Question: Some say we don’t have the time or resources to fund R&D in so many technologies simultaneously. Should we focus on less?

Bill Mitchell: No. No. I think you have to distinguish between what I’ll call incremental R&D, which can be very focused. You could say, we need to improve the efficiency of the system, whatever it is by 10% or something, you can focus a bunch of resources on doing that and be with a fairly high probability of success, you know get that payoff. But the really big fundamental transformations are fundamentally unpredictable and that’s the very definition of a creative disruptive transformation in fact. And most things where the big payoff comes from, so the Internet for example came out of nowhere. And I’ve been around long enough and I was around at the beginning of the Internet that I know it personally. So I can attest to that. It came and nobody knew what to do with this. It came out of some esoteric backroom research that nobody thought had any huge practical implication whatsoever. Forty years later, it is about 40 years right now, it has transformed the world. It completely transformed the world. 

So, I think the most effective economic thing that you can do, and it sounds sort of risky and uncertain, but you have to preserve the capacity for truly innovative and unpredictable undirected research. That’s just what you have to do if you want the really big payoff. This drives people crazy because they want predictability, but if you think about it, the fundamental contradiction between the idea and making a fundamental creative innovation and being totally predictable. If it was totally predictable then anybody can do it.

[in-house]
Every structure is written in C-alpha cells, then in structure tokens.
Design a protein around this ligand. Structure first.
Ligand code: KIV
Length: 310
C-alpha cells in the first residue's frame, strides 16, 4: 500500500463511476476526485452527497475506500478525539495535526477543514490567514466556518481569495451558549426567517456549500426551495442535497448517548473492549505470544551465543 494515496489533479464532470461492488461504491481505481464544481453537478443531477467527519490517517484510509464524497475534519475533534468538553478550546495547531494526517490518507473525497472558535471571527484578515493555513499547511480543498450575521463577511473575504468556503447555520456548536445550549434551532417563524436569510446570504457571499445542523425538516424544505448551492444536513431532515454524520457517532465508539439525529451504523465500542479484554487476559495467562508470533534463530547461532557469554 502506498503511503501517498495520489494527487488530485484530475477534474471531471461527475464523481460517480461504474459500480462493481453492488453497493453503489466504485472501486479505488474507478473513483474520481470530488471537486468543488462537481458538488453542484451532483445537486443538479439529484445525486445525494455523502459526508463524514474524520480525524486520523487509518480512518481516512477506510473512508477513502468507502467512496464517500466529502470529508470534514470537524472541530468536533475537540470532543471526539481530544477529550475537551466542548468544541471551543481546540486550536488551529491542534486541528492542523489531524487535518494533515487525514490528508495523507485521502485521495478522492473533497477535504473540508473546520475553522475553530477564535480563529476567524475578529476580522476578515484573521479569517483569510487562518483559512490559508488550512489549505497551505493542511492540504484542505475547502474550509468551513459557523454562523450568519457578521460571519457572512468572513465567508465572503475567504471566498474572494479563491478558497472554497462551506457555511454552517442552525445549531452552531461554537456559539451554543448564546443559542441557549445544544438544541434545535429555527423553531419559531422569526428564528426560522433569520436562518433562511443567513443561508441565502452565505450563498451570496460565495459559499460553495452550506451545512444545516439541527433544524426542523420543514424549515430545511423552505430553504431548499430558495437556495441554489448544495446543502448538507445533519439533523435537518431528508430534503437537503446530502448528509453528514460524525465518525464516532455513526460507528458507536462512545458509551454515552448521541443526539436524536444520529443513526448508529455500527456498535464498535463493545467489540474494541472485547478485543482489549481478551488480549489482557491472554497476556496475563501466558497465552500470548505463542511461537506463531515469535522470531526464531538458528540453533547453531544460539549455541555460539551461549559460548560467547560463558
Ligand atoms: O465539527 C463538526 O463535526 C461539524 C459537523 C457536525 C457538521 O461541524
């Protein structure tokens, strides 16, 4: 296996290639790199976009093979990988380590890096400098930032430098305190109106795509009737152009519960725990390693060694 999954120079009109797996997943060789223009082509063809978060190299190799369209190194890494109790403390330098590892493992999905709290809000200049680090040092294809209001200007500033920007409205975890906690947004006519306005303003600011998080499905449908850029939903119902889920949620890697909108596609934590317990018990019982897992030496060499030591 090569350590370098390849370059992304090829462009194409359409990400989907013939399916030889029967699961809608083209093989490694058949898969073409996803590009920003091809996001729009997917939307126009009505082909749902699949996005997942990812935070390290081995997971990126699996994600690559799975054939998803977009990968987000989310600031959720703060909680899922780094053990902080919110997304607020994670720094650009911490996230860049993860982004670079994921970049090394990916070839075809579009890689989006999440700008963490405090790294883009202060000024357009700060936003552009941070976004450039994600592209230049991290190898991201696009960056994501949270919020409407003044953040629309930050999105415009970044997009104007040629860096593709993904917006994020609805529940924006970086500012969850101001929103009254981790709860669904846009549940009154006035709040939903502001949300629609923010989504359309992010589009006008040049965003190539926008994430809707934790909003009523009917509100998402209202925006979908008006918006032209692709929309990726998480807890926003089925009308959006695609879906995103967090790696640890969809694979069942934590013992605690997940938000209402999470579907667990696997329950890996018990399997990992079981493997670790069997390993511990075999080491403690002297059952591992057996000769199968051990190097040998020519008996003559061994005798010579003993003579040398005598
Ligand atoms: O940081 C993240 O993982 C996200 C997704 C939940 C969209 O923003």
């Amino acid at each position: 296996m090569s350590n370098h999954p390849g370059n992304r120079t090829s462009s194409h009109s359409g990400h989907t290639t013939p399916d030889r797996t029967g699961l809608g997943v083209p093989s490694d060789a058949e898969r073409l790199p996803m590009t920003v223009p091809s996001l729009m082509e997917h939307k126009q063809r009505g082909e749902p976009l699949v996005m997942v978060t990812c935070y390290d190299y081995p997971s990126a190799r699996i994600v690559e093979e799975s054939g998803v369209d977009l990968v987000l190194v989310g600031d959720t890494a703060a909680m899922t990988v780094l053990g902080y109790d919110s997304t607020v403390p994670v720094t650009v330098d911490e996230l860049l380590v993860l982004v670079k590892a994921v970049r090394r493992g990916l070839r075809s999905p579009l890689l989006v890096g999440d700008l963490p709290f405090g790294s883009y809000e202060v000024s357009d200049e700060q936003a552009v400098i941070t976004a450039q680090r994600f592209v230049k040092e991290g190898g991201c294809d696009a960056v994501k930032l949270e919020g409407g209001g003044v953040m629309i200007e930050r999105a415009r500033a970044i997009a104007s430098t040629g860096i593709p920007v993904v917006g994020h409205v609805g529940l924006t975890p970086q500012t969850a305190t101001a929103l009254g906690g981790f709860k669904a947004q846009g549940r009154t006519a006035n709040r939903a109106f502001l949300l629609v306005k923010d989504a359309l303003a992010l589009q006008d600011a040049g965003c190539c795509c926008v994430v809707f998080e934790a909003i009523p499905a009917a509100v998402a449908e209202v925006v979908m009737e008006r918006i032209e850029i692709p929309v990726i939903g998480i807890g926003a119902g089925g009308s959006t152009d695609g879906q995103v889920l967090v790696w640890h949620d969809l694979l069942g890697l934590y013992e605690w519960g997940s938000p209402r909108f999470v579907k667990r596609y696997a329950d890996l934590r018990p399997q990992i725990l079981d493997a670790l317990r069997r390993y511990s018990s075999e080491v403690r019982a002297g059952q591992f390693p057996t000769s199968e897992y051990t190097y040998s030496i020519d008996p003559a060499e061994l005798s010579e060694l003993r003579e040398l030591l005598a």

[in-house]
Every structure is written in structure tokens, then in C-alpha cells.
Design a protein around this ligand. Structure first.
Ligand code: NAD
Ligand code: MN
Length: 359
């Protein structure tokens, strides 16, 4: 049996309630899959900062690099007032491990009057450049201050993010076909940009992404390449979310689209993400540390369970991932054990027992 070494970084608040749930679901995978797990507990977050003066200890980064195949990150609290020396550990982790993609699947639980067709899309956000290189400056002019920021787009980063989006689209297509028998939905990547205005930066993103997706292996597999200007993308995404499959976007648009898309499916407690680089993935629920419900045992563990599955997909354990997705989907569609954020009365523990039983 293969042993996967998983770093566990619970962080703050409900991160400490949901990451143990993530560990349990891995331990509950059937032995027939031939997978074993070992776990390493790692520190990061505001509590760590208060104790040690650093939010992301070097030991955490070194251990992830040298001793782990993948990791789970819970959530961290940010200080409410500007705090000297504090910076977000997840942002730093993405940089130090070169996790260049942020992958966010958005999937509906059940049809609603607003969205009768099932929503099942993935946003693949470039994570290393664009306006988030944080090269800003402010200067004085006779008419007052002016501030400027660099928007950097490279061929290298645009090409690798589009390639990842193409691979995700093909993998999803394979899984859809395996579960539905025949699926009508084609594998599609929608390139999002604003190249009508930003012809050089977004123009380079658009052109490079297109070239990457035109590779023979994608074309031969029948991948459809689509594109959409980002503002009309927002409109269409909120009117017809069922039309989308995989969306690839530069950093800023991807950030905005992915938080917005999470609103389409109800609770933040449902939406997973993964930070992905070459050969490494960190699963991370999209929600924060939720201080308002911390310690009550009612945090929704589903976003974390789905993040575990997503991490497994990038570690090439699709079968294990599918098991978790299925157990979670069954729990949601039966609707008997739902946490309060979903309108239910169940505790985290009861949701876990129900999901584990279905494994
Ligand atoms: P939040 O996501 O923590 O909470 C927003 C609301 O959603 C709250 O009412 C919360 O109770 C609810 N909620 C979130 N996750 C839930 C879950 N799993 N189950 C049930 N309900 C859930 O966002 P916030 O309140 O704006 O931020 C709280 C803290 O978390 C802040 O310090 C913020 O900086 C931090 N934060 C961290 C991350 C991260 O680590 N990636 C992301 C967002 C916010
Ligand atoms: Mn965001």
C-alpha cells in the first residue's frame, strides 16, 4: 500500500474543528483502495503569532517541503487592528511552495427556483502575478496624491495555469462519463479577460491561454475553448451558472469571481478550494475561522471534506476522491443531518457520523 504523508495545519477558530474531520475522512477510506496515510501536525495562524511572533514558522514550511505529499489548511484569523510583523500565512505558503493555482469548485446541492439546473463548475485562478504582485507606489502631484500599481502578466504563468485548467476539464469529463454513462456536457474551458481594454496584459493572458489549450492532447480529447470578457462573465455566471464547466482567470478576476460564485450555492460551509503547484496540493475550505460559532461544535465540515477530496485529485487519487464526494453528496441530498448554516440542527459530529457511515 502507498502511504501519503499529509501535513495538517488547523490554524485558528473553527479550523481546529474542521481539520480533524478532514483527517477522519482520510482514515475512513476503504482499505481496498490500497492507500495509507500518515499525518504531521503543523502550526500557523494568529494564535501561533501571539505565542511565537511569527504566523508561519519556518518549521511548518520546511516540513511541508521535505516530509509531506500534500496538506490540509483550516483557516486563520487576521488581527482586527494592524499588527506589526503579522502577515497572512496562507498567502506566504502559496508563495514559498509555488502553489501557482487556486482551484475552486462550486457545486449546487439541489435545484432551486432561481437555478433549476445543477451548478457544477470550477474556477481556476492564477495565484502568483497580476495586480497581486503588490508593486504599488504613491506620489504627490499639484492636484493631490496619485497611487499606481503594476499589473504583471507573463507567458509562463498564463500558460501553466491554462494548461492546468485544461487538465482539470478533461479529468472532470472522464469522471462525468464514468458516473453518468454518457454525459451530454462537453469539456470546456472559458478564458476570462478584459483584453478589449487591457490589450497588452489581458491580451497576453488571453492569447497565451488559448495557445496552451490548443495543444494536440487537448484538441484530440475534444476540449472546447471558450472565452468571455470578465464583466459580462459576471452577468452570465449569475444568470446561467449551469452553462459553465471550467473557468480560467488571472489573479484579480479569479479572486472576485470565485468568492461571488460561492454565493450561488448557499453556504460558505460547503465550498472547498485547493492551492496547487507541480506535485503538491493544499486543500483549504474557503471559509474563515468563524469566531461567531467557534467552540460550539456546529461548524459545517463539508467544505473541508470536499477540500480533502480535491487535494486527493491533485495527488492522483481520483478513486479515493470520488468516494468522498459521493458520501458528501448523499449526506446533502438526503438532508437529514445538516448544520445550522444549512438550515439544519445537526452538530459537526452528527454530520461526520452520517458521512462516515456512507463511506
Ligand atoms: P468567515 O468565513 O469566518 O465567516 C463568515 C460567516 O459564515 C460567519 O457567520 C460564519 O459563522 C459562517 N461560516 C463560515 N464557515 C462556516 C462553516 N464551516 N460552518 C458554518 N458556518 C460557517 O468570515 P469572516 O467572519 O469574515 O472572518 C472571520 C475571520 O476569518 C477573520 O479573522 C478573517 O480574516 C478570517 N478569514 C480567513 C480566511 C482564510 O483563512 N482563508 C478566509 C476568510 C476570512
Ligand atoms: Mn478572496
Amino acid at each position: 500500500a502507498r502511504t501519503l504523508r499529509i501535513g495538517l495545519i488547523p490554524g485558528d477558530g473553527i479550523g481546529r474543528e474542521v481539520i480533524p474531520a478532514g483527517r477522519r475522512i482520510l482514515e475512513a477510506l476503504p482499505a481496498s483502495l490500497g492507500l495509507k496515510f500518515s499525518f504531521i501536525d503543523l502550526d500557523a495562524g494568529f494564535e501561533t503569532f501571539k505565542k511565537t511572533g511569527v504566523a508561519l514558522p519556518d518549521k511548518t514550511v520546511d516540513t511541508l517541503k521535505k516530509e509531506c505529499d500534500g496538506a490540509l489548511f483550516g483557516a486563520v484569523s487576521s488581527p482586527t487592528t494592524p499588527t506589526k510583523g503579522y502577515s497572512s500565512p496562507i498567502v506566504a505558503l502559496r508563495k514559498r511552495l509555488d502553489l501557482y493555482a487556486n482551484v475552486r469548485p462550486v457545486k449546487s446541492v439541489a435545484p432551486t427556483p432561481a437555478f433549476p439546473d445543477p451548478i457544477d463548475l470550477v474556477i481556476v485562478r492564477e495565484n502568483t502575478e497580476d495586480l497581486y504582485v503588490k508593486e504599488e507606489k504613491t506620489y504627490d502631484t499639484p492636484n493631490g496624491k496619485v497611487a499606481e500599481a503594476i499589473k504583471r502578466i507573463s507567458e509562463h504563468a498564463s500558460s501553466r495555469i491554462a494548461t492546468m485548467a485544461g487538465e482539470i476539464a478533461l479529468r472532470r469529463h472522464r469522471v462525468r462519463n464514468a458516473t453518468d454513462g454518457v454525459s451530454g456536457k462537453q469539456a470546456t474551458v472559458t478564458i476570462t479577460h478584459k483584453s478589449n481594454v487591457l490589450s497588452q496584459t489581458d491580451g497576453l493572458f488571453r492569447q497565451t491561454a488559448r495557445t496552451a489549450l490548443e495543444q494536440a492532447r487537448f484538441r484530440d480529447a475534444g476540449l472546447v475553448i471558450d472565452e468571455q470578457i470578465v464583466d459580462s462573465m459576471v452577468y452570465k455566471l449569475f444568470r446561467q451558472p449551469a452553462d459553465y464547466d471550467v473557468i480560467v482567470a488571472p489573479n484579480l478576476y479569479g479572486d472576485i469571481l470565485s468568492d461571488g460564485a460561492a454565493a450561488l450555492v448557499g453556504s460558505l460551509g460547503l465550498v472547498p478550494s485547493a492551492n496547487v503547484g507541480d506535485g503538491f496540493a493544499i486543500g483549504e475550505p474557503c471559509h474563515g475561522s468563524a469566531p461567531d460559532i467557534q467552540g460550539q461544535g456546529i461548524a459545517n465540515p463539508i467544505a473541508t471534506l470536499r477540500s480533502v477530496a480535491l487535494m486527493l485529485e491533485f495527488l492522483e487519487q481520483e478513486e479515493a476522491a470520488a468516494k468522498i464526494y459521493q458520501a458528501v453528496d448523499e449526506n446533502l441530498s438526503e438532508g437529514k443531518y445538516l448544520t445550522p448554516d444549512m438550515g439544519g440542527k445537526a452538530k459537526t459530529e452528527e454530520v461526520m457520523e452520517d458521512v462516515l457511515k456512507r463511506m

I think a placed like MIT and a think a place like the Media Lab, in particular is very much dedicated to that idea that we investigate all kinds of crazy things, and frankly, most of them fail, or at least in the sort term they don’t go anywhere, but every now and again, one of them pays off really big time and really transforms things. And I think you have to do that. There’s a way to look at it is like any other kind of investment. You know portfolios and investments, it isn’t about investment research and development money, you want to pursue some straightforward and sure things that need to get done, but you don’t want to neglect the big transformative things, that’s very, very shortsighted.

Question: What are some other game-changing ideas right now when it comes to the future of transportation?

Bill Mitchell: Transportation specifically, I think they have to do, I think mostly with various aspects of what we’ve already talked about. I think we are going to see some big breakthroughs in lightweight efficient electrical vehicles over the next few years. It’s very difficult to predict exactly how that’s going to go, but it’s, I think a very certain prediction that we are going to see a lot of development in that area. So, that’s one thing. I think we’re going to see some very surprising things in large scale, intelligent clean energy systems, and I’ve talked about some of those sorts of things that can maybe happen. And then I think rethinking the whole concept of mobility with things like Mobility on Demand systems is another big thing.

Here’s the way I’d look at it, if you look at the sustainability challenges that cities face over the 20 or 30 years, they’re formidable and everybody knows this. Incremental advances are not going to get us to where we need to be. I mean, incrementally improving the efficiency and cleanliness of the power trains of automobiles and all these sorts of things, they’re very worthwhile and we should stop pursuing them, but they’re not going to get us to where we need to be. So, we need in parallel to that have this imaginative search of the big transformative changes that are going to be really game changes and are going to redefine the whole thing. That’s what we’re looking for in the work that we’re doing here.

There’s an appropriate role for us. I mean, we’re not industry, we’re university research group. We have certain sorts of privileges and freedoms and we ought to take advantage of that to really go for what I think of as the big payoffs.

Recorded on January 21, 2010